The second phase of Ohio Wesleyan University’s student housing plan was approved recently by the city of Delaware’s planning commission.
The existing homes at 86 and 94 Rowland Ave. (on the eastern portion) would be demolished, and a 24-unit, two-story, 6,103-square-foot house with 10 double bedrooms and four single bedrooms would be built. The university calls the student housing a small living unit, or SLU.
Ohio Wesleyan had the preliminary plans for phases 1-5, as well as the final development plan for phase 1, approved last summer. Three homes on Rowland were razed, and the first SLU (on the western portion) has been constructed and will be occupied this fall.
Two more SLUs will be built in between the ends as the university receives funding. Each SLU would be painted a different color. In the fifth phase of the plan, Rowland Avenue may be abandoned as a public street, and OWU would extend its “jaywalk” concept. The nearby fire station has approved the plan, but the city and university would have to sign off before the abandonment could occur.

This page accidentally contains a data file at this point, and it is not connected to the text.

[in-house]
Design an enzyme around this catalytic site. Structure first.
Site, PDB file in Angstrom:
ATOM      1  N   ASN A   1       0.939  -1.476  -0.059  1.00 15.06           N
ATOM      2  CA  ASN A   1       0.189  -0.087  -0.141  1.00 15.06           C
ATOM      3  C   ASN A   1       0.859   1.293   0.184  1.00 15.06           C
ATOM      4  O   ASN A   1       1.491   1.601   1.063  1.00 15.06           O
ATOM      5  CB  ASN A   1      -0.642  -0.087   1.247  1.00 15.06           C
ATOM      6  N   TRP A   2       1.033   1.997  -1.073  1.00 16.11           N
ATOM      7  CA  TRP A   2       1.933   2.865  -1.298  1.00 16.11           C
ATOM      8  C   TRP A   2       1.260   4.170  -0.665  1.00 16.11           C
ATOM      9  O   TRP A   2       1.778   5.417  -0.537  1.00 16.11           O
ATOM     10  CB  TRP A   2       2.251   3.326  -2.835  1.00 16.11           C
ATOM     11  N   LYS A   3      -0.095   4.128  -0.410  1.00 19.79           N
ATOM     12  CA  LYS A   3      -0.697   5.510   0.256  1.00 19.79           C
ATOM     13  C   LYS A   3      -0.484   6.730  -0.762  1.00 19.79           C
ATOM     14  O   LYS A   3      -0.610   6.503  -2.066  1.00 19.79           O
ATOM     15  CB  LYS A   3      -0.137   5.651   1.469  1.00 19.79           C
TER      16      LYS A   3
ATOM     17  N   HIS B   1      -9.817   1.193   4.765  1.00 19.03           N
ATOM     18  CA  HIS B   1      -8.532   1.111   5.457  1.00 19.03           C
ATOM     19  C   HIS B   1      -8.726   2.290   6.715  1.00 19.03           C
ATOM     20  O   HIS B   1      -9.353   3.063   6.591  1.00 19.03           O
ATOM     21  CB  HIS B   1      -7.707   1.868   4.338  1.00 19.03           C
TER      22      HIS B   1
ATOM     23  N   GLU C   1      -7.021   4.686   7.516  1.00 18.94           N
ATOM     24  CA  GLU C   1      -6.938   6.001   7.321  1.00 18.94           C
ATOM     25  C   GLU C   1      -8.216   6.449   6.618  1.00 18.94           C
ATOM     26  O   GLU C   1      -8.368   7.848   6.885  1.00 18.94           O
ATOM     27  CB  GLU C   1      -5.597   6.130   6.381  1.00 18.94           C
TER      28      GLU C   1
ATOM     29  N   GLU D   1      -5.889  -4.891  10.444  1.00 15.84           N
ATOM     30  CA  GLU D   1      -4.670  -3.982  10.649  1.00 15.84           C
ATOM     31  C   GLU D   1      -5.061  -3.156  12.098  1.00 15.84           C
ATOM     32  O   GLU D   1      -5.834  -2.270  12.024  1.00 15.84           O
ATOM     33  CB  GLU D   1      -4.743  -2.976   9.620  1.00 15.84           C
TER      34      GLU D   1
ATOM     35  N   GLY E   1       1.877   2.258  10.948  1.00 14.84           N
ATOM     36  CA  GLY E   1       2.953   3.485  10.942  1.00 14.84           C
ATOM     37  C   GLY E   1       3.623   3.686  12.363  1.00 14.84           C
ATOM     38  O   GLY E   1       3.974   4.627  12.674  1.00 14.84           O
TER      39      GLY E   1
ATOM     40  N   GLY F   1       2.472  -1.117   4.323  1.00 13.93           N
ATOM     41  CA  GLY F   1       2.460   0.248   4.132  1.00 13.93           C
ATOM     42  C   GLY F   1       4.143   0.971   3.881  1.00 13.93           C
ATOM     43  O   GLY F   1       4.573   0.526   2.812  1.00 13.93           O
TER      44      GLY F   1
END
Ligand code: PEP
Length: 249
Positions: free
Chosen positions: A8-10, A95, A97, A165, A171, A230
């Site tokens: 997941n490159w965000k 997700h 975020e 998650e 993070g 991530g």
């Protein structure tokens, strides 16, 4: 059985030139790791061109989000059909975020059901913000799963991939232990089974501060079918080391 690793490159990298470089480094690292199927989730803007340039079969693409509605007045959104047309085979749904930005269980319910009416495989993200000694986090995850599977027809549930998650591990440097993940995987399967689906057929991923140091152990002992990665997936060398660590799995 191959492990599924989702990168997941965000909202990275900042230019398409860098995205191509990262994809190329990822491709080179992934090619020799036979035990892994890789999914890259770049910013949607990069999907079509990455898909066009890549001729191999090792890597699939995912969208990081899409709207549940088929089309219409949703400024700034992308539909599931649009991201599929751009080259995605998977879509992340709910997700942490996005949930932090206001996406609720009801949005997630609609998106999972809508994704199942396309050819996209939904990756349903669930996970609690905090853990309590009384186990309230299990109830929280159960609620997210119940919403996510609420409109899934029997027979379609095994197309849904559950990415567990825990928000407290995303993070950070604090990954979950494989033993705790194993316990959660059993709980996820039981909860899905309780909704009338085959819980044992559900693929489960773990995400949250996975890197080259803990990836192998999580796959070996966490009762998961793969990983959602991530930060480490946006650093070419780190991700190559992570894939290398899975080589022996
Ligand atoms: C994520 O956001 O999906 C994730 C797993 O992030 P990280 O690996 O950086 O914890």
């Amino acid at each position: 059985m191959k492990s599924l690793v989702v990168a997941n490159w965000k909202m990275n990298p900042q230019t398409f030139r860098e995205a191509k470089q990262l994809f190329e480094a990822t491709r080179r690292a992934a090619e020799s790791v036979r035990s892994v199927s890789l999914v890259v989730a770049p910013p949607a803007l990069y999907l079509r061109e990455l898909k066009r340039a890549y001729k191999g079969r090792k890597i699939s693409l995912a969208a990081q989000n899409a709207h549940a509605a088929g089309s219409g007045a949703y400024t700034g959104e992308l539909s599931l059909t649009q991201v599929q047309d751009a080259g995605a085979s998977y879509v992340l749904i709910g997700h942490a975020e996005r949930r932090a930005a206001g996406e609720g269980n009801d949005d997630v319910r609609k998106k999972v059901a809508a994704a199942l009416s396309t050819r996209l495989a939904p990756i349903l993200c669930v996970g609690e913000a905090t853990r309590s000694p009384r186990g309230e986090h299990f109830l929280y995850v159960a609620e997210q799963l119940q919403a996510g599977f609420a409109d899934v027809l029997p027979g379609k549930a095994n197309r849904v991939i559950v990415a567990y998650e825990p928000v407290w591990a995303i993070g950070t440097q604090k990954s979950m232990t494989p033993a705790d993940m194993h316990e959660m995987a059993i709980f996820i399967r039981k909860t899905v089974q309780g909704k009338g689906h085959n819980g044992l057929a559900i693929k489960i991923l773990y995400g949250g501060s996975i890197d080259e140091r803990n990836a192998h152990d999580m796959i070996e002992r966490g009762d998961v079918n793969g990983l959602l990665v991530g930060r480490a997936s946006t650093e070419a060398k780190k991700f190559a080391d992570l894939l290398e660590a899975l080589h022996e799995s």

During last week’s commission meeting, zoning administrator Lance Schultz said that the university has prepared a Rowland Avenue parking study, which indicated no additional parking would be required in phase 2 of the development.
“There is a 161 parking space surplus of student parking throughout the campus (882 parking space supply — 721 parking space demand),” states the staff report. “There is an existing 10-space parking lot located just west of the proposed phase 2 SLU along with on-street parking to provide parking in the proximity of the proposed building.”
The landscaping would add 14 shrubs on the site. Commission member Dean Prall said the bushes represented “very bare landscaping on 6,000 square feet.” He said he wanted to see some trees planted on the site.
“My concern is planting trees now, and having to tear them out later,” said commission member Jim Halter. He said once the development is further along, the commission will have more say on the landscaping.
Randy Reger of BSHM Architects said the “four houses will be packed pretty tightly,” but they were “not opposed to adding a tree per building.”
Although there will be no park land or open space with the development, the abandonment of Rowland Street would represent added open space. OWU is second to the city in the amount park land and open space it has.
City Council will next hear about the plan, most likely at its meeting on June 13.